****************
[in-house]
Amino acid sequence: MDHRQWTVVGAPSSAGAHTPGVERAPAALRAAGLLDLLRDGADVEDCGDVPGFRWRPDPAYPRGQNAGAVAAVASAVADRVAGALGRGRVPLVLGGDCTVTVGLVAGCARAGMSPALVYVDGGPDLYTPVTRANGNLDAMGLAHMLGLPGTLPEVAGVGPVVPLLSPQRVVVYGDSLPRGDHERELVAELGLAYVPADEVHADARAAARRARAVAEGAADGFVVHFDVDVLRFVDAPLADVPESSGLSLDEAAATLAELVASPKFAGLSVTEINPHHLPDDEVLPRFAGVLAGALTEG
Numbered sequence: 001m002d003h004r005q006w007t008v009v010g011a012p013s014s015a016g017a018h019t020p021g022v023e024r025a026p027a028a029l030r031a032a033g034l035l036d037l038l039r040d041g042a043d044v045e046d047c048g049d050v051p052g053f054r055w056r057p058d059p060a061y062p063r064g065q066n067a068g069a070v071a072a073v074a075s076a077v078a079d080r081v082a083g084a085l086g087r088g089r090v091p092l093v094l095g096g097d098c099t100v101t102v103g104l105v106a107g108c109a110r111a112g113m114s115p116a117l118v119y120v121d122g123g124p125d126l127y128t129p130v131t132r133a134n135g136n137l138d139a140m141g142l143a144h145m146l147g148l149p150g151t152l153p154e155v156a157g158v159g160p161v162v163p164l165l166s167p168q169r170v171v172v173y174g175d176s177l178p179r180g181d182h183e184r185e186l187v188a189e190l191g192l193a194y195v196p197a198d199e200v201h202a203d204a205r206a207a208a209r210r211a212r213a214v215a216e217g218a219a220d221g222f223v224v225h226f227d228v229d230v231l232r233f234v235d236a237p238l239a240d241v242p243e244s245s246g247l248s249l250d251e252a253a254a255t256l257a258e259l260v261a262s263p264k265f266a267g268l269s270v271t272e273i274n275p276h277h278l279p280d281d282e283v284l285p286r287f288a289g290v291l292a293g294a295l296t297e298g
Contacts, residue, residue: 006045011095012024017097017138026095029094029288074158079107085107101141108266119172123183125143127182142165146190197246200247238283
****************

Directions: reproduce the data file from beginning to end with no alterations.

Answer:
[in-house]
Amino acid sequence: MDHRQWTVVGAPSSAGAHTPGVERAPAALRAAGLLDLLRDGADVEDCGDVPGFRWRPDPAYPRGQNAGAVAAVASAVADRVAGALGRGRVPLVLGGDCTVTVGLVAGCARAGMSPALVYVDGGPDLYTPVTRANGNLDAMGLAHMLGLPGTLPEVAGVGPVVPLLSPQRVVVYGDSLPRGDHERELVAELGLAYVPADEVHADARAAARRARAVAEGAADGFVVHFDVDVLRFVDAPLADVPESSGLSLDEAAATLAELVASPKFAGLSVTEINPHHLPDDEVLPRFAGVLAGALTEG
Numbered sequence: 001m002d003h004r005q006w007t008v009v010g011a012p013s014s015a016g017a018h019t020p021g022v023e024r025a026p027a028a029l030r031a032a033g034l035l036d037l038l039r040d041g042a043d044v045e046d047c048g049d050v051p052g053f054r055w056r057p058d059p060a061y062p063r064g065q066n067a068g069a070v071a072a073v074a075s076a077v078a079d080r081v082a083g084a085l086g087r088g089r090v091p092l093v094l095g096g097d098c099t100v101t102v103g104l105v106a107g108c109a110r111a112g113m114s115p116a117l118v119y120v121d122g123g124p125d126l127y128t129p130v131t132r133a134n135g136n137l138d139a140m141g142l143a144h145m146l147g148l149p150g151t152l153p154e155v156a157g158v159g160p161v162v163p164l165l166s167p168q169r170v171v172v173y174g175d176s177l178p179r180g181d182h183e184r185e186l187v188a189e190l191g192l193a194y195v196p197a198d199e200v201h202a203d204a205r206a207a208a209r210r211a212r213a214v215a216e217g218a219a220d221g222f223v224v225h226f227d228v229d230v231l232r233f234v235d236a237p238l239a240d241v242p243e244s245s246g247l248s249l250d251e252a253a254a255t256l257a258e259l260v261a262s263p264k265f266a267g268l269s270v271t272e273i274n275p276h277h278l279p280d281d282e283v284l285p286r287f288a289g290v291l292a293g294a295l296t297e298g
Contacts, residue, residue: 006045011095012024017097017138026095029094029288074158079107085107101141108266119172123183125143127182142165146190197246200247238283